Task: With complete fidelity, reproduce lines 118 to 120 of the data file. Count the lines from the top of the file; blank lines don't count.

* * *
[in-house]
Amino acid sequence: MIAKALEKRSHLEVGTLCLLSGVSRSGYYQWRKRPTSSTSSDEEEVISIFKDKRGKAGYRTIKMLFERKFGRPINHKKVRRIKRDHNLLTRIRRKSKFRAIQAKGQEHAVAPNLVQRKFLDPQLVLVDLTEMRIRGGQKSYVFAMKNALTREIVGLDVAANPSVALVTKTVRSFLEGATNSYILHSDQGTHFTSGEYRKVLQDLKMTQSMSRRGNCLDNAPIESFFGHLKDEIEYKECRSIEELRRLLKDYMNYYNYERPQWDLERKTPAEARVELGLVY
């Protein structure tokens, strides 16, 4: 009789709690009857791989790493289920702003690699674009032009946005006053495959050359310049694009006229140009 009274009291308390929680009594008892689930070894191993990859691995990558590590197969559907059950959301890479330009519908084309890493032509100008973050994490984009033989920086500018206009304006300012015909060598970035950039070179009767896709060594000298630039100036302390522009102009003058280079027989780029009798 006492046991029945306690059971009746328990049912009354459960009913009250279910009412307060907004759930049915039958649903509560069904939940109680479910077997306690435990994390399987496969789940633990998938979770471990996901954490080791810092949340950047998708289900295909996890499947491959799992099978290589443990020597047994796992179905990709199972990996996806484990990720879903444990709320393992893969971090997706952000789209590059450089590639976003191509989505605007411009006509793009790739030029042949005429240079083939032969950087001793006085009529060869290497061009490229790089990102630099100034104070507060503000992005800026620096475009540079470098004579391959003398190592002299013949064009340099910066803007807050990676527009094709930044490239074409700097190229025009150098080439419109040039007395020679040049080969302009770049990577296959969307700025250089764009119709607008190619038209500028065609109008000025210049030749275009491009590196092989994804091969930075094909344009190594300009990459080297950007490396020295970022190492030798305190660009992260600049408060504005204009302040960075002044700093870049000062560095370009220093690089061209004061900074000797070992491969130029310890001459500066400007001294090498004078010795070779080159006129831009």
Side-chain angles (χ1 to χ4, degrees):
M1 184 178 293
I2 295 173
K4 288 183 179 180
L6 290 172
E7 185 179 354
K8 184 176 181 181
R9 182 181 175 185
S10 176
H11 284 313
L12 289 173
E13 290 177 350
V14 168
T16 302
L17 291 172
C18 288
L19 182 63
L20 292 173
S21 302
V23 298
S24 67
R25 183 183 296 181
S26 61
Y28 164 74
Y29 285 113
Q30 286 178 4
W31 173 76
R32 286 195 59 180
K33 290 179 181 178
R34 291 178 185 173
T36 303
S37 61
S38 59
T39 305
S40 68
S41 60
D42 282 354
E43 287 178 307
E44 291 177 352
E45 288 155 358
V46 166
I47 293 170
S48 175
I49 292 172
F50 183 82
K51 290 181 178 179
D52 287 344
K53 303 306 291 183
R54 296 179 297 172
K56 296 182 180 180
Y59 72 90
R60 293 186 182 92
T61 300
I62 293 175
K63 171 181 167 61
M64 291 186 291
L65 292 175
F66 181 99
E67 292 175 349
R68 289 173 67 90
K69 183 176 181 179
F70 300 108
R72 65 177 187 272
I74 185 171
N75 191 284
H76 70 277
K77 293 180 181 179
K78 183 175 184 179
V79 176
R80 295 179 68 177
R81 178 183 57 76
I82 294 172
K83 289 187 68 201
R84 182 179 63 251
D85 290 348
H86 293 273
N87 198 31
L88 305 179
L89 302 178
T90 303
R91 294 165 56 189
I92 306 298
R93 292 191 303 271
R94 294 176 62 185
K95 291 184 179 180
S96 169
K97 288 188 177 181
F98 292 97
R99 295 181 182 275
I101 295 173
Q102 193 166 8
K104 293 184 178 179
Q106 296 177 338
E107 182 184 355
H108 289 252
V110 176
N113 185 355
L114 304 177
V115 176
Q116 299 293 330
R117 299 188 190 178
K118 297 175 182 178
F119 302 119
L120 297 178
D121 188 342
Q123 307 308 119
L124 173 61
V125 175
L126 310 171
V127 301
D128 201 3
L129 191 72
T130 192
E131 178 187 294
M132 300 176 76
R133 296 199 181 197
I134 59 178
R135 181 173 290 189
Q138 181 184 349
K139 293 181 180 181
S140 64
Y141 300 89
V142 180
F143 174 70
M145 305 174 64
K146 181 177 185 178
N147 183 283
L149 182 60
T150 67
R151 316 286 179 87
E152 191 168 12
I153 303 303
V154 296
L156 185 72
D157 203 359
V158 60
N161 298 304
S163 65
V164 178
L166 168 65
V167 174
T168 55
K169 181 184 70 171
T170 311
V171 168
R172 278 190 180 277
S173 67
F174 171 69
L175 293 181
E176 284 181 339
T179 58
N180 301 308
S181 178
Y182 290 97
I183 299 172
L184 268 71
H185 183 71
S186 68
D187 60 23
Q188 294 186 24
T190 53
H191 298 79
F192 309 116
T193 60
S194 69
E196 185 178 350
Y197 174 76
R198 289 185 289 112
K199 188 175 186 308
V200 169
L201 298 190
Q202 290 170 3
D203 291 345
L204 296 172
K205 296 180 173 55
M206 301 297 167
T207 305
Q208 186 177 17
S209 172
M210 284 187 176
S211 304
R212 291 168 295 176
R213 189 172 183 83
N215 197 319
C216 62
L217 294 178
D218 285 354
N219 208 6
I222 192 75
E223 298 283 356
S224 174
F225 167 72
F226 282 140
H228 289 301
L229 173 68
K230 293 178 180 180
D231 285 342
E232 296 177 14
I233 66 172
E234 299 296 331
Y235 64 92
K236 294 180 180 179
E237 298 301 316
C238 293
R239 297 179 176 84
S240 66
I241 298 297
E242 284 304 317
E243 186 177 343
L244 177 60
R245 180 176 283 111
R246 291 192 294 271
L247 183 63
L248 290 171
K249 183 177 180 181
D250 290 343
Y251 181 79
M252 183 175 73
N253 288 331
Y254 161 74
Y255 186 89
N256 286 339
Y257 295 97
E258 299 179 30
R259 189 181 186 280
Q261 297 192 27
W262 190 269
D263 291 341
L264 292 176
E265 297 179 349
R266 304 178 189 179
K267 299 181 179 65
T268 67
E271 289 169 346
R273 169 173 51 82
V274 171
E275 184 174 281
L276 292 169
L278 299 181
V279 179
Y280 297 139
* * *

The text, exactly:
M132 300 176 76
R133 296 199 181 197
I134 59 178